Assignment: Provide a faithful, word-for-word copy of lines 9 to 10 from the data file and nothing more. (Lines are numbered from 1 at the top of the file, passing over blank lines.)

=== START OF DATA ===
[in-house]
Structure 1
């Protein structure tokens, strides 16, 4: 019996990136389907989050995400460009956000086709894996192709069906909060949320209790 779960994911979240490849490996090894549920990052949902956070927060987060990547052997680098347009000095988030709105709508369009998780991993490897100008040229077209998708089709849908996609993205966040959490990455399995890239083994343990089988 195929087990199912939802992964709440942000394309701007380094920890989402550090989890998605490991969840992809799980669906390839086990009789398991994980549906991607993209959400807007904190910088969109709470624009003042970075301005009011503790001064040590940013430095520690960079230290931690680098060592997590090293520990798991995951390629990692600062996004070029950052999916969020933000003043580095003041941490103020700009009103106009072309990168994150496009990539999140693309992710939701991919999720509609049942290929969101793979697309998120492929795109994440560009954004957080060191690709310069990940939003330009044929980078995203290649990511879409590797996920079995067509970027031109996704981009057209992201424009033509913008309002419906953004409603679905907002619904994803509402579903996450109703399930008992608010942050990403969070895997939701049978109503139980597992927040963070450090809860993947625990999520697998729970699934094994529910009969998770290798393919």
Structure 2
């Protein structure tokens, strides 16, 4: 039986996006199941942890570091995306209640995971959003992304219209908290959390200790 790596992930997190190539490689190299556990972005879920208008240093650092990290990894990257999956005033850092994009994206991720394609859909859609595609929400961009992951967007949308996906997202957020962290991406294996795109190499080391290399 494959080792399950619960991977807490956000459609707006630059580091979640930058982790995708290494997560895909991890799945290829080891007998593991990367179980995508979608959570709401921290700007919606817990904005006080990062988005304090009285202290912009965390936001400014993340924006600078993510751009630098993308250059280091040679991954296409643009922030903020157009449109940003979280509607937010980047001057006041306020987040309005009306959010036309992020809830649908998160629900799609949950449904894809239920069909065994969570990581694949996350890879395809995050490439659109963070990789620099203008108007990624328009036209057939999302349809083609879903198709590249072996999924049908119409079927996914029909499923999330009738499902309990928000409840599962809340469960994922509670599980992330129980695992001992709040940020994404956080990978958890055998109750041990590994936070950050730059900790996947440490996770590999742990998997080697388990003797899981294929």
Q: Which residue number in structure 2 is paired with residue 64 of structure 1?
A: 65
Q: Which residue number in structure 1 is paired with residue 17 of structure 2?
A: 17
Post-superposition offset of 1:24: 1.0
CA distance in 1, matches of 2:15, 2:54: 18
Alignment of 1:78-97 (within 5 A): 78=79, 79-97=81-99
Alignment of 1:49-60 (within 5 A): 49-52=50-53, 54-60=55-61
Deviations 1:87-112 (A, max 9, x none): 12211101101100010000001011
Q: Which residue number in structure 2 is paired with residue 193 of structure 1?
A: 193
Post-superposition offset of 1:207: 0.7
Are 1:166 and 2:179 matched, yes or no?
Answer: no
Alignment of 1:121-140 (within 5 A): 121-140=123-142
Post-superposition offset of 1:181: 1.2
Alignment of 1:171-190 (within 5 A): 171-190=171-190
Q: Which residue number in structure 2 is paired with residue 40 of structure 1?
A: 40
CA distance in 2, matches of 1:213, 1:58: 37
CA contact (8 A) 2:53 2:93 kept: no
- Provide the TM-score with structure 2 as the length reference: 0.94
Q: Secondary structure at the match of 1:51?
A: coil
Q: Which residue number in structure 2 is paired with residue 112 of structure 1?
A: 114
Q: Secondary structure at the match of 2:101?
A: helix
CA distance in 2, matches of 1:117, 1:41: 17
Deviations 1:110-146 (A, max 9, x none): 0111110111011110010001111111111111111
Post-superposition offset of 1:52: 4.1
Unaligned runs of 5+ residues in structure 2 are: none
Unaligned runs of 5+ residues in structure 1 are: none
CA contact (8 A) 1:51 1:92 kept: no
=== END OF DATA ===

A: 17
Post-superposition offset of 1:24: 1.0